There are various organisations who can and will help you to start your new life. Social Services and the Police will work together to ensure that you are safe and help you to move on with your life. They will give you respite and guidance in a safe environment. There are solicitors, the Samaritans, Citizens’ Advice, Relate and they can all point you in the right direction for help. Schools will have contacts if you are worried about your children. There is a whole lot that can be done for you once you are out of the abusive situation and in a safe place. There are protocols that can be introduced and put into action for you.

tiredwoman

There are trusted friends and family who may be able to help you too.

If I had known about life coaching back then I would have been first in the queue.

There is no reason good enough to actually justify staying in an abusive relationship.

It can be hard to admit that you are in an abusive relationship.  But if you think you are being abused and you are unhappy, get out of that relationship as soon as possible.  Take your courage in both hands and make the leap.  Often men find it much harder to admit to being abused than women do, but I believe they are just as justified as anyone else.  There is help out there for everyone.

Do you want to remain stuck and miserable? If your answer is no, find your way to get out and start your new life on your own terms.

Remember, the relationship has failed, not you.  You are not a failure.

If you would like to chat confidentially about your situation, contact me hello@maggiecurrie.co.uk

 

Maggie Currie

Thought Leader, Speaker, Author, Survivor
 
Contributor to BBC Radio, Vectis Radio, Susan Rich Radio
Published author and regularly write articles for national and international magazines.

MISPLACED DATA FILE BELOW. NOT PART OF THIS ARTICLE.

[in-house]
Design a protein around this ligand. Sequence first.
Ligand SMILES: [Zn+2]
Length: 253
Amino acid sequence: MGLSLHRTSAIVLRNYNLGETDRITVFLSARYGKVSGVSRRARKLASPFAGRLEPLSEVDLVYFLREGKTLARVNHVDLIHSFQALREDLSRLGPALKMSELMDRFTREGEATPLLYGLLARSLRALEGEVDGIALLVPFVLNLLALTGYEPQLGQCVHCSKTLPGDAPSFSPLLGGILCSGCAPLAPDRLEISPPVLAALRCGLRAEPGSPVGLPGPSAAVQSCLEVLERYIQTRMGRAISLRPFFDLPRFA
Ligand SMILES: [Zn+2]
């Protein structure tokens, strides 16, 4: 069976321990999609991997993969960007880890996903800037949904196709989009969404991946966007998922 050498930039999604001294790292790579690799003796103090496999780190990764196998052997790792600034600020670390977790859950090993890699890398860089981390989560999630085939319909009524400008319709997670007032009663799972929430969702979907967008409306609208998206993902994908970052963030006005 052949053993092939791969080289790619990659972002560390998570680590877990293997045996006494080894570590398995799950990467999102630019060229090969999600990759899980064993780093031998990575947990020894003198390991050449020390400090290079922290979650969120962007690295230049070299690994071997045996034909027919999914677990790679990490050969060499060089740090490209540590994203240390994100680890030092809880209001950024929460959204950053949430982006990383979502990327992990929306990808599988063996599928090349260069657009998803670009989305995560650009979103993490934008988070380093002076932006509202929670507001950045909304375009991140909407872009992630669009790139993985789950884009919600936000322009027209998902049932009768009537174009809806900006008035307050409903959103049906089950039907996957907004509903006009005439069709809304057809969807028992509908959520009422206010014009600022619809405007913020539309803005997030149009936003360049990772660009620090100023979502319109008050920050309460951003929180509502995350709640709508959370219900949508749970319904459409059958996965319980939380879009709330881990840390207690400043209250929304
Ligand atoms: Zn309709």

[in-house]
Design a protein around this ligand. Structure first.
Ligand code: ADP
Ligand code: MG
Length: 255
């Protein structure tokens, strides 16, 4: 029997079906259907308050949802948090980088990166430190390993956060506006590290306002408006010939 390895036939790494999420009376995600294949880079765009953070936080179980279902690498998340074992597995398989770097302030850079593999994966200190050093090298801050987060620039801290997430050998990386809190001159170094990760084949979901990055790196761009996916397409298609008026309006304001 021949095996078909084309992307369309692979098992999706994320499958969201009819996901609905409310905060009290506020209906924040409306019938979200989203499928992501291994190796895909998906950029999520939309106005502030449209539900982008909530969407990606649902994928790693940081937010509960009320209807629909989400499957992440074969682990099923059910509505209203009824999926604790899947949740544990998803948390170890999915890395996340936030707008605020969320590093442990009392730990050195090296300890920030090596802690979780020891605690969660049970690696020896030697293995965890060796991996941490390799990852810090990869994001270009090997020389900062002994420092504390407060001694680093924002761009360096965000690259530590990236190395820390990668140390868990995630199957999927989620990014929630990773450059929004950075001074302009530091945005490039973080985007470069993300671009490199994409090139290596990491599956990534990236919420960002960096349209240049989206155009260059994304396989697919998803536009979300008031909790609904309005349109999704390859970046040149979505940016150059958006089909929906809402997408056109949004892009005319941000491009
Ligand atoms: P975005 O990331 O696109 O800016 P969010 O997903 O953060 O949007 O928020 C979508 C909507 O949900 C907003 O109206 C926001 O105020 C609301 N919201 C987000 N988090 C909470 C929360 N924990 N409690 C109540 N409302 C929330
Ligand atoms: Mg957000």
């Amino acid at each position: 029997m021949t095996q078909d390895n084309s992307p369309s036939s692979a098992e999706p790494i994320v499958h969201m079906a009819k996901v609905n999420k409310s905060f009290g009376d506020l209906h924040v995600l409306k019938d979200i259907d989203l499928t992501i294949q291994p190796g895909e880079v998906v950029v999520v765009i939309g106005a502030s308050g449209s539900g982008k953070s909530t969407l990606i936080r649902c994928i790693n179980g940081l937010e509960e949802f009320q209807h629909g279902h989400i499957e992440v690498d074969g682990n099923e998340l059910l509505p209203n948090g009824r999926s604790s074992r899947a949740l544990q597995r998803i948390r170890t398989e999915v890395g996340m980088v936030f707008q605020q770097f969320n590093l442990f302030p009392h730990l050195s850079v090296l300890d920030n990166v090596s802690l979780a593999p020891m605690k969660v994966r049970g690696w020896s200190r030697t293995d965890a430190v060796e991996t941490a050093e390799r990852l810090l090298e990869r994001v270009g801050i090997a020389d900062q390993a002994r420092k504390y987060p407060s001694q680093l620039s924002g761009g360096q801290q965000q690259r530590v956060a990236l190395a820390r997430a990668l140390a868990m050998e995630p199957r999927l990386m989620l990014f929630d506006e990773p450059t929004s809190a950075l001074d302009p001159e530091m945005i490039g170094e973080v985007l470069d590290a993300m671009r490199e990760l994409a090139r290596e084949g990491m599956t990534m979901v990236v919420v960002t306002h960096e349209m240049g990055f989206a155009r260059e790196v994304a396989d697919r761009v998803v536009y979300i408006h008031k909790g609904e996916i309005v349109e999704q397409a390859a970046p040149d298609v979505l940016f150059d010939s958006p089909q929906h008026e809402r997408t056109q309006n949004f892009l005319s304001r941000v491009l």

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Find out more about me on my website.

 

 

Bouncing back

Life happens. It doesn’t matter how positive, balanced and centred you are, there are going to be times when you are knocked sideways. Times when your carefully organised life is turned upside down and you get knocked for six. Life happens!

You may be challenged with any number of situations that will leave you feeling like you were kicked in the stomach. It may be the loss of a loved one, a divorce, the loss of a job, bullying or the plain stupidity of some people who affect your life.

Let’s face it. Things happen. They’re part of life and although I know that “everything happens for a reason,” things still hurt. And they hurt a lot! They hurt at the very core of your being. The pain begins in your heart and radiates throughout your entire being.

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At times like these, you may feel down, possibly depressed. You may feel anger or some other manifestation of your pain. You may feel out of control and that life will never get better. Whatever you’re feeling, it’s ok. It’s ok to feel hurt, sad, angry, used, miserable or whatever your true feelings are. You cannot deny pain any more than you can deny fear. The only way through this is to give yourself permission to feel the feeling.

The question is not whether or not you will feel down. The question is for how long will you stay in this state?

The difference between people who get through life’s challenging moments, regardless of the seriousness, and those who are immobilised by the events is their ability to bounce back. That isn’t to say they care any less, they give themselves permission to move on.

How quickly can you bounce back?  Of course, the severity of the event will have a lot to do with the time it will take you to get past the pain and on with your life.

Take the example of two people being downsized from their job, something that is becoming a common occurrence these days. One is floored by the news of her dismissal. She expresses her pain by becoming angry at her employers, her colleagues and the system in general. She spends her days telling anyone who’ll listen, about her “problem” and how hard done by she is.  And usually from a bar stool!

As she sees it, her life is ruined and she’s blaming everyone for her troubles. People who react like this spend weeks, even months, wallowing in despair until, if they’re fortunate, someone close to them convinces them to seek professional help.

On the other hand, the other person reacts very differently. Although they have gone through the same experience and have pretty much the same issues like living expenses, etc., they choose to react differently.